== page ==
“Rabbit stew anyone?”

The role of a dietetic student in a care home

pic 1

The North Highland health and social care partnership supports a strong and integrated model of care for adults, including care homes. I was appointed as the nutrition and dietetic advisor for care homes in 2014 and took the lead in championing this work, along with Emma Pasieka (the Board’s dietetic placement co-ordinator), Urray House care home (part of the Parklands care group) and Dr Myra MacKenzie from Robert Gordon’s University. AHP practice education lead, Kerrie MacLean, advised and supported the group’s work using her experience of other AHP’s placements and in linking closely with NHS Education Scotland.

We developed a pioneering, first UK experience, of placing a student dietitian in a care home setting in The Highlands. In the course of the placement, the dietetic student and activities co-ordinator engaged with a group of residents with dementia and 2 of their relatives in remembering favourite meals from childhood, mainly from the wartime. Their memories and discussion then helped care home staff and the cook design a World War II themed lunch menu. It included scotch broth, rabbit stew and clootie dumpling.

Photo kindly provided by Urray House care home (part of The Parklands care group)

Photo kindly provided by Urray House care home (part of The Parklands care group)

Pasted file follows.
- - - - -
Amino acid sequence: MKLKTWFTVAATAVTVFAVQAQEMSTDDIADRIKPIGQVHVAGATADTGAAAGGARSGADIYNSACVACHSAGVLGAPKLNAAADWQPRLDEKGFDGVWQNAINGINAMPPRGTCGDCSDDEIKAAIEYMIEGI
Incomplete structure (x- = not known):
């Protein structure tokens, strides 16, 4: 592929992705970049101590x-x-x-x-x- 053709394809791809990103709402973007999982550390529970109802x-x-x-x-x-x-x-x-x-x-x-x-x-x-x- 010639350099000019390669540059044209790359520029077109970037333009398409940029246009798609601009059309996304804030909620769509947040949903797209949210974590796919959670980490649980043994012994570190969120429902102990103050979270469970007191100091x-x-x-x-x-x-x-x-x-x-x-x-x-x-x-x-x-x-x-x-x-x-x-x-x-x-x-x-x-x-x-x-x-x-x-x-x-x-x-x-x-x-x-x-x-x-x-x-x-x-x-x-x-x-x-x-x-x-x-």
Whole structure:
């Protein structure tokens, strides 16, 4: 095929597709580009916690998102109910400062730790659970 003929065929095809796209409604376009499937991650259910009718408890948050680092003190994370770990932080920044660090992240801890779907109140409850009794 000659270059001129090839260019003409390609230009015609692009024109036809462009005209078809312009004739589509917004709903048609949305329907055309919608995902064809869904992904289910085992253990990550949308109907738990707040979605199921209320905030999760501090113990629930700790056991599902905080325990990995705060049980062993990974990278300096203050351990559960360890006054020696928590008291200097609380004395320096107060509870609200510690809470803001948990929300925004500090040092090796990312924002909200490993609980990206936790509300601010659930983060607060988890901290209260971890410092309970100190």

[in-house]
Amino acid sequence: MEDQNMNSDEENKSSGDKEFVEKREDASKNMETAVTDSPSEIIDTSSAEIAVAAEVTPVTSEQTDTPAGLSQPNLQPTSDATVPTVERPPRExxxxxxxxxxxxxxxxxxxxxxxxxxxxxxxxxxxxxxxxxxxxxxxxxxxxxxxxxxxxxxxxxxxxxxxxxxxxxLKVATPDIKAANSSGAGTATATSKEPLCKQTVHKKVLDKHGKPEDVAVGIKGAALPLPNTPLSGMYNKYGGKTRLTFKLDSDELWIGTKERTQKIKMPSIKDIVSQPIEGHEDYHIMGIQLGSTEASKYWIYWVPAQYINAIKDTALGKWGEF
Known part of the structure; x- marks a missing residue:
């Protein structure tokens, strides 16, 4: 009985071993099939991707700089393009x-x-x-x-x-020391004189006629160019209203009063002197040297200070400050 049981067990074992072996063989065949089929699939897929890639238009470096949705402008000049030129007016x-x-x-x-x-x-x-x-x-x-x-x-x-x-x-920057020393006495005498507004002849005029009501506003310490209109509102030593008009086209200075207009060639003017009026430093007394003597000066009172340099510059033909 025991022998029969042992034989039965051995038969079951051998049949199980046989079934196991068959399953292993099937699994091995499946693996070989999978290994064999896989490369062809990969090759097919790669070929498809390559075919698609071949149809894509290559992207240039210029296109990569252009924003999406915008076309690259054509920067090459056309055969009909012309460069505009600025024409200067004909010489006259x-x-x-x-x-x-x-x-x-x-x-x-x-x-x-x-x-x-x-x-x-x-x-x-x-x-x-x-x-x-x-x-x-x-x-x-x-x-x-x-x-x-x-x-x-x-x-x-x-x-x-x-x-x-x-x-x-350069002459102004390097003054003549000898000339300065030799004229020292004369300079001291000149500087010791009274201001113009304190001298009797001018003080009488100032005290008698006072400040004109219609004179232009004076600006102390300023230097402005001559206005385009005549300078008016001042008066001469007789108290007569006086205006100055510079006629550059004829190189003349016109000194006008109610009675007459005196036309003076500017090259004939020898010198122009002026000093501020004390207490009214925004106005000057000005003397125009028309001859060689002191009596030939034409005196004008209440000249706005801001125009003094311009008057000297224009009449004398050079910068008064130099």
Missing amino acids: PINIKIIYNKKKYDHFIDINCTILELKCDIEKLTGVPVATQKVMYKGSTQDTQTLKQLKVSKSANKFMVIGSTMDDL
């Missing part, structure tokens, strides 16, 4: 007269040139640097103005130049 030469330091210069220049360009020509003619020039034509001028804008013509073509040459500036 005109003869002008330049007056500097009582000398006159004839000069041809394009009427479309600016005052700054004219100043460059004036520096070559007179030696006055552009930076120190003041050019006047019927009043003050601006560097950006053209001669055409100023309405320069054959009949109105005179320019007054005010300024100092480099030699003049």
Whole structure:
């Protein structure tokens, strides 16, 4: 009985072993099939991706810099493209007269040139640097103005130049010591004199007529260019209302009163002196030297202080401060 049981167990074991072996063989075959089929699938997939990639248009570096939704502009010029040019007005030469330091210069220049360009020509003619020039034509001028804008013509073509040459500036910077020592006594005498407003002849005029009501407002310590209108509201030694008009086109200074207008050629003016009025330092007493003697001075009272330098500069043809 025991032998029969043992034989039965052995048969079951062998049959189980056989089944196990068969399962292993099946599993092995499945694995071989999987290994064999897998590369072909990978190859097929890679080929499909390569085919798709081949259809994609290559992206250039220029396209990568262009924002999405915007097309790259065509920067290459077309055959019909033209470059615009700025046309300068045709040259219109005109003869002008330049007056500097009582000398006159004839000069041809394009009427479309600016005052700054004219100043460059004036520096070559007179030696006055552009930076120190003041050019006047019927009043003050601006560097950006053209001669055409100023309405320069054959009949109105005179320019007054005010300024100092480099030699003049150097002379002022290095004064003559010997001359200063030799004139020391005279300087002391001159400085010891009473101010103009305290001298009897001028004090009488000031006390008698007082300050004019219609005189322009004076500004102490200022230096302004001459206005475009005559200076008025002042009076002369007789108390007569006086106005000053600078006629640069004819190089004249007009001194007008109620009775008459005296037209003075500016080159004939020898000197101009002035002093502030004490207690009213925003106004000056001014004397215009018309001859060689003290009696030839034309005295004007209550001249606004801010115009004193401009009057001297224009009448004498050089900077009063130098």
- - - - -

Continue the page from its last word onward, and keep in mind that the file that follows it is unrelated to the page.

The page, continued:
The themed lunch was open to all residents and their relatives and we also had interest from the local press. Some of the comments from the day are recorded below from residents, relatives and staff, which sum up the event:

“Clootie dumpling was the best part”

“We always got clootie dumpling at birthdays and if you were lucky, you got a silver threepence”

“I was brought up on rabbits; they were tastier before the war”

“The food here is excellent and the chef has a real interest in food and nutrition: it’s great that she was able to prepare this meal for residents” 

“I think the whole idea was great. My mother was telling me about when she was little when her mother used to go to the butcher and get a rabbit for a shilling. She’d then sell the rabbit skin to a man that came round the houses; there’s no way she’d have remembered that without this themed lunch bringing back those memories”

“Having a focused discussion around food memories is a great way of engaging

with residents who have dementia and their families, giving them a voice in choosing their favourite menus and following up with a themed meal, where staff dress up to serve the food. Everyone can participate have fun and enjoy the memory.”

The work of the student dietetic placement demonstrated a successful innovative, multi-agency approach to placing a student dietitian in a care home setting, facilitating active conversations with people living with dementia. It worked particularly well with the people who can at times appear quiet or withdrawn. We were also delighted that our work was recognised at last year’s Scottish Dementia Awards as a runner up in “the most innovative partnership” category.